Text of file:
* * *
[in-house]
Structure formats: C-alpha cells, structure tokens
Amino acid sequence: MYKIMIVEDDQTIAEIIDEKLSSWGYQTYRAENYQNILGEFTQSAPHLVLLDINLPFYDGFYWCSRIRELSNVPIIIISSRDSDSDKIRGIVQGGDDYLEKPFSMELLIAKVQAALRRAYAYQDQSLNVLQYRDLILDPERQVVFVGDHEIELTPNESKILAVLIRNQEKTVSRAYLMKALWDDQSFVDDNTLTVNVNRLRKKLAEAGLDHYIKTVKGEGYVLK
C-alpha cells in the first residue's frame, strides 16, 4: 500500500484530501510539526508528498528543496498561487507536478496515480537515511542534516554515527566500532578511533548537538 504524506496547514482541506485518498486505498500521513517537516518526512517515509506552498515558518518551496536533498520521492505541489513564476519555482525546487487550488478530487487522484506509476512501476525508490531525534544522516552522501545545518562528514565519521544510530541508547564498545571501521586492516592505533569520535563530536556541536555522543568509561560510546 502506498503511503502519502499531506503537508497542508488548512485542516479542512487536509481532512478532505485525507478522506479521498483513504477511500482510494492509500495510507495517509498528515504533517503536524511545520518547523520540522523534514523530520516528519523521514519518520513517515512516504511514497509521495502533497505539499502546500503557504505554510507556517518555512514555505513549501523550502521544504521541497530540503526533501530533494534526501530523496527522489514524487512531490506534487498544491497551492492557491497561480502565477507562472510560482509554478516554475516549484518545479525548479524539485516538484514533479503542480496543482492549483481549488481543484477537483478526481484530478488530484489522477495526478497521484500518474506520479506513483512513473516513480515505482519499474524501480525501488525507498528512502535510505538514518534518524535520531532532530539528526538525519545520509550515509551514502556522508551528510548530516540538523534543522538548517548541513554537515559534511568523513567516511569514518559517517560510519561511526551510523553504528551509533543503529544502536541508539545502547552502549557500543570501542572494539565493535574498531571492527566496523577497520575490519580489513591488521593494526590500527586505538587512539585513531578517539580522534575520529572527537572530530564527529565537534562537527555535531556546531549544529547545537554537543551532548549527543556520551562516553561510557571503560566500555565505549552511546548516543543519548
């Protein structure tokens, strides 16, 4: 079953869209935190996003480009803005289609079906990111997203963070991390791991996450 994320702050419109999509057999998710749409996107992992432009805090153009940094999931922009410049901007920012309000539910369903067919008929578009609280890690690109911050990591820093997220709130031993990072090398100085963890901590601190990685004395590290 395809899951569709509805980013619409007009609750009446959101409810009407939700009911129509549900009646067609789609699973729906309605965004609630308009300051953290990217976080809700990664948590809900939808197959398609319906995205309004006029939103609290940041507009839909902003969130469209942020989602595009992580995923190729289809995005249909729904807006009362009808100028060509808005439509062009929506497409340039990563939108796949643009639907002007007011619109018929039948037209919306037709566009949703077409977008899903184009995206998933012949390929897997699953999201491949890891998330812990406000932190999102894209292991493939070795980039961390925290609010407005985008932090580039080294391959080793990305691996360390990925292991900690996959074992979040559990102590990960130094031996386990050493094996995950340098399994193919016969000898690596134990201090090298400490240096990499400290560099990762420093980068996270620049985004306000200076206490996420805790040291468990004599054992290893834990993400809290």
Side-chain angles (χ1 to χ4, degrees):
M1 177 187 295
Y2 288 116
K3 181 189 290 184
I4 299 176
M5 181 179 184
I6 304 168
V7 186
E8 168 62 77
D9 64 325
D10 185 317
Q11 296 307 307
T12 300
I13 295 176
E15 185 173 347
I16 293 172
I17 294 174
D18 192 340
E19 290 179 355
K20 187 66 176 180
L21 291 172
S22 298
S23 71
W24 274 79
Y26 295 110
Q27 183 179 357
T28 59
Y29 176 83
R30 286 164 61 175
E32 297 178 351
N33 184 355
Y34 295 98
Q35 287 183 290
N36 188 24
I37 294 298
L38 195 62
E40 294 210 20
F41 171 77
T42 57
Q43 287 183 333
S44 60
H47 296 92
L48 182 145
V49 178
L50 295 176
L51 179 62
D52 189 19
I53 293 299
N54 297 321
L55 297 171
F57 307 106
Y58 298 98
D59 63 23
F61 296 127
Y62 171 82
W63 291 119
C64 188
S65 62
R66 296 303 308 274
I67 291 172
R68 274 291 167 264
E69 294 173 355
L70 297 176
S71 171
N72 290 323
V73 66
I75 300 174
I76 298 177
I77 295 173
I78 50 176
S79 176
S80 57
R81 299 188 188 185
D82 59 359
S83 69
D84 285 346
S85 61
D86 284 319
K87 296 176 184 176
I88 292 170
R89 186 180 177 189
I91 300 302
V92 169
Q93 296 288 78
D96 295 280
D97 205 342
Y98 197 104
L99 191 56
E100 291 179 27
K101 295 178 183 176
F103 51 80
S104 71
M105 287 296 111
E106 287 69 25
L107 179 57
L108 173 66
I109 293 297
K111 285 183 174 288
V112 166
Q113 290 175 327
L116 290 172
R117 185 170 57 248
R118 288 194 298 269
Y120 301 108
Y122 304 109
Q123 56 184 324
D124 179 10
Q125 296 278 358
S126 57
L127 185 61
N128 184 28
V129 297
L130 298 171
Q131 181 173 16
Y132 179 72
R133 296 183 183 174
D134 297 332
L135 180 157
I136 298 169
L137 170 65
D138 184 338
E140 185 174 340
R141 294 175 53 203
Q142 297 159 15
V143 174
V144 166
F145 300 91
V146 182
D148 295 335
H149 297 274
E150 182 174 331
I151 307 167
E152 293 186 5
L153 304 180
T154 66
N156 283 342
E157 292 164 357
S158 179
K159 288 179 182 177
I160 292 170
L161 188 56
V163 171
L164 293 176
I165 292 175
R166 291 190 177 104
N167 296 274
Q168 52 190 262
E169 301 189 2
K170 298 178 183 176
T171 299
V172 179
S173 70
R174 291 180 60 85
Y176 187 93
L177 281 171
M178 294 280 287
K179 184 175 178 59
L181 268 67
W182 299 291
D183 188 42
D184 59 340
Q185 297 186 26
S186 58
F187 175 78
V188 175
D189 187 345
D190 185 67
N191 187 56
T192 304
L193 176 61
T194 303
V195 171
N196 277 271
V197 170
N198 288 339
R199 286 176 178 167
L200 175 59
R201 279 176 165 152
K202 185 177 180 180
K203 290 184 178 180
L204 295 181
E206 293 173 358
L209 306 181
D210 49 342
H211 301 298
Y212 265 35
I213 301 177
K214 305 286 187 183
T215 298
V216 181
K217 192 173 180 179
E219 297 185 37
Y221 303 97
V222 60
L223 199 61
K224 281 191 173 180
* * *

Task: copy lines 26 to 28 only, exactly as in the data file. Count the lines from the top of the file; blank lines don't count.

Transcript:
L21 291 172
S22 298
S23 71